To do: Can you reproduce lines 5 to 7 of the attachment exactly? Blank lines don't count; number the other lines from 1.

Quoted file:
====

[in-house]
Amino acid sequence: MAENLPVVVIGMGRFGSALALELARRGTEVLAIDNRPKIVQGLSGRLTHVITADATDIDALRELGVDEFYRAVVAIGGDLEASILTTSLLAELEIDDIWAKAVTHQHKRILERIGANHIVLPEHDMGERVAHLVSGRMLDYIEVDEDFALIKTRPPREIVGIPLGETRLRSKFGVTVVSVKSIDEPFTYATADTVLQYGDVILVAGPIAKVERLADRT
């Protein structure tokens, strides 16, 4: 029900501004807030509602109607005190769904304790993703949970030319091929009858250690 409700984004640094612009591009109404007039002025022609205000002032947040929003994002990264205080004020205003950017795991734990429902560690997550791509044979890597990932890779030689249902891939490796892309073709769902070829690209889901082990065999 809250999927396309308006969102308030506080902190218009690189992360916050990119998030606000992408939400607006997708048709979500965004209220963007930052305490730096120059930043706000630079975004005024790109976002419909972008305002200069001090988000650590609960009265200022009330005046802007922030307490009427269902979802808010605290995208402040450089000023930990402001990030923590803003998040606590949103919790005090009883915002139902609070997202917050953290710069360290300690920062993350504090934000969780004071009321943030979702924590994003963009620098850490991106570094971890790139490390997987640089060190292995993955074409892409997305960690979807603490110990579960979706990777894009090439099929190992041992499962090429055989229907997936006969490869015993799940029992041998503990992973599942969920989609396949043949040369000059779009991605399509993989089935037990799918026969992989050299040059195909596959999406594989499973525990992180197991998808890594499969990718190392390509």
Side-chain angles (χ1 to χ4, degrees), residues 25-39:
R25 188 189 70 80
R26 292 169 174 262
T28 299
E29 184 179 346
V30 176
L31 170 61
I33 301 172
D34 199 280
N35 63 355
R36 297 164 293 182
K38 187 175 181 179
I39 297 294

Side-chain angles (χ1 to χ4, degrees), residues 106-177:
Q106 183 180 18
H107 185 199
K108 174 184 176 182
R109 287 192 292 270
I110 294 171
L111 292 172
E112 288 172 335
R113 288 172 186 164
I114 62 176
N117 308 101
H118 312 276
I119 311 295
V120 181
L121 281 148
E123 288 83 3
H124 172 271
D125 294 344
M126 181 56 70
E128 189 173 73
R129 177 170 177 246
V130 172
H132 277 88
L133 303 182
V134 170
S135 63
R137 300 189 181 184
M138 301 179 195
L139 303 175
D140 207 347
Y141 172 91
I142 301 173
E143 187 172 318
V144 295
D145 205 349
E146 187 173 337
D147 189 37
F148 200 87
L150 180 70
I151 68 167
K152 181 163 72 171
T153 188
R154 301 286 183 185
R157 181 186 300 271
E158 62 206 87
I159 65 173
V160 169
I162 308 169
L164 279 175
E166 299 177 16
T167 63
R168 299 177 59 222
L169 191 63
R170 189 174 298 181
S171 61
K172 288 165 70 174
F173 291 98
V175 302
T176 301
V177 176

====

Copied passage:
R25 188 189 70 80
R26 292 169 174 262
T28 299